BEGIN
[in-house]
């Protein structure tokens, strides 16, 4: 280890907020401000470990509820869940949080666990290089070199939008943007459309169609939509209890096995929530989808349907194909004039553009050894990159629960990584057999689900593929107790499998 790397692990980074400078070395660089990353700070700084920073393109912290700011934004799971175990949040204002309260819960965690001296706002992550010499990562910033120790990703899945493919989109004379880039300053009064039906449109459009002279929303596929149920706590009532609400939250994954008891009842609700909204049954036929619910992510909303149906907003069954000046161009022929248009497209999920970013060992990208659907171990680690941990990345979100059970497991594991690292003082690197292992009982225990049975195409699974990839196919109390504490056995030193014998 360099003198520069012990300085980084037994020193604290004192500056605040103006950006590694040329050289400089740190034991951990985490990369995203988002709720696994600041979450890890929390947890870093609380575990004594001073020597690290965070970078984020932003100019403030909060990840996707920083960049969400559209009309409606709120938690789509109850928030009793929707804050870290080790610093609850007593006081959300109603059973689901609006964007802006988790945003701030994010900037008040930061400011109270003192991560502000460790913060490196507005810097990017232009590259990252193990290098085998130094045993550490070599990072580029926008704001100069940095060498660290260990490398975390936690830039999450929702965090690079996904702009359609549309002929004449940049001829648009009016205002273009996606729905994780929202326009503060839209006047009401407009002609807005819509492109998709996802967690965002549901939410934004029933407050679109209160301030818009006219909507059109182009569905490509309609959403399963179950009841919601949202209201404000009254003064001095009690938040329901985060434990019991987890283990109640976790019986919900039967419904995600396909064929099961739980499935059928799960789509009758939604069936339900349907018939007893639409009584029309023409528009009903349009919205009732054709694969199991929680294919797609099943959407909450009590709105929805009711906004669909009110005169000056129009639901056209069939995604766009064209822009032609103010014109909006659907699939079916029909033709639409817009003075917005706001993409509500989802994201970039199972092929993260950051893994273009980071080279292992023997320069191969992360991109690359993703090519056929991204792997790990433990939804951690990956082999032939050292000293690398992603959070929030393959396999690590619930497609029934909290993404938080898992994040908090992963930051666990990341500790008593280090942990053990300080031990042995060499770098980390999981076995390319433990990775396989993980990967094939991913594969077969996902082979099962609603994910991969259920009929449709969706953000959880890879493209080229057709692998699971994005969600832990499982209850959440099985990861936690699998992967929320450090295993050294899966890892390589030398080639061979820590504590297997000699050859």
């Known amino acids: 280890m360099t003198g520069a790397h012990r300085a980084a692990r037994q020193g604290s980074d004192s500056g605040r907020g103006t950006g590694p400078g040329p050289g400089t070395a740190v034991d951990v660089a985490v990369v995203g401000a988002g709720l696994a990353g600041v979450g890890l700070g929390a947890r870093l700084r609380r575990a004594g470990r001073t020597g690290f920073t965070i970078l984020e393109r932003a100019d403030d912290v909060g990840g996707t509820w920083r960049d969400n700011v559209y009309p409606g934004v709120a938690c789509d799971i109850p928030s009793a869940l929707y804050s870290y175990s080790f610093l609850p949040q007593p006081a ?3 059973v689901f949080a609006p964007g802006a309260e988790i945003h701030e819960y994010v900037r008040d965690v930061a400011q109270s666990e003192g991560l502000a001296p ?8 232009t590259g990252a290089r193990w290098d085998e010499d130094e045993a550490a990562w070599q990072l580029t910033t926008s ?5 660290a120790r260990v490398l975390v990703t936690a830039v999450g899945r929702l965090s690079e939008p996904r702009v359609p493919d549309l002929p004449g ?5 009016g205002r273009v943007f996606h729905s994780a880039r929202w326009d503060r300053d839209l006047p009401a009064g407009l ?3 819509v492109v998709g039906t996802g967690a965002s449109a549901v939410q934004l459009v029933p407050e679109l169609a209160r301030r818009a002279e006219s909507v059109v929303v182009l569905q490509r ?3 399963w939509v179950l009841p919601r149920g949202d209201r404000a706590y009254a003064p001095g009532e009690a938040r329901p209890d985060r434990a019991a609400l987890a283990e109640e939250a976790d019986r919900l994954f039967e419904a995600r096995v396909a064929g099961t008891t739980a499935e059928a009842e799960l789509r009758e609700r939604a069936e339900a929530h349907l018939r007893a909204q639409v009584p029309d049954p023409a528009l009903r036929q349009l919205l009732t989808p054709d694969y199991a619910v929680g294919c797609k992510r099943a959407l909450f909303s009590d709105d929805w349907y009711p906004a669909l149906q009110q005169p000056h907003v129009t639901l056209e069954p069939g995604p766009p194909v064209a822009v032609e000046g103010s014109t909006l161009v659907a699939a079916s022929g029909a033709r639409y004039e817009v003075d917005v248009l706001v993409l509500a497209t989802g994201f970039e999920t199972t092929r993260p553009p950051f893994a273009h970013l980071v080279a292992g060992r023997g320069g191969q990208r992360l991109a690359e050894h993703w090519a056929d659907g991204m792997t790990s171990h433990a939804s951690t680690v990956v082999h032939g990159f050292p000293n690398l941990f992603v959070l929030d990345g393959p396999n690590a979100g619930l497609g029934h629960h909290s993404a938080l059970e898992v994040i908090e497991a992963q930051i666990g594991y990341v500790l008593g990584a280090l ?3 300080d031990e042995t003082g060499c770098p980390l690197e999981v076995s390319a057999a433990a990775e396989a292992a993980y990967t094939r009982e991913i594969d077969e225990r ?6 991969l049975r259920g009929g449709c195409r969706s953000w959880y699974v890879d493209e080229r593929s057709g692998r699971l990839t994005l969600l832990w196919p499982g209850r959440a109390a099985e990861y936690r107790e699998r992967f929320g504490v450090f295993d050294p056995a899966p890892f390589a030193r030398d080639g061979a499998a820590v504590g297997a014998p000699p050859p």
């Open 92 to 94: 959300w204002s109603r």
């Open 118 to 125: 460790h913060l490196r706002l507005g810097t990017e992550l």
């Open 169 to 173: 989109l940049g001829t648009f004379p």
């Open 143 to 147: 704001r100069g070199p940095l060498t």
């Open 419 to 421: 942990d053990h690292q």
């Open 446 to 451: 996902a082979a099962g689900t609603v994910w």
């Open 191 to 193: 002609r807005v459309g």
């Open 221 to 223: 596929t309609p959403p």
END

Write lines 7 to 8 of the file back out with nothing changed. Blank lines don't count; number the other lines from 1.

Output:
């Open 143 to 147: 704001r100069g070199p940095l060498t």
């Open 419 to 421: 942990d053990h690292q």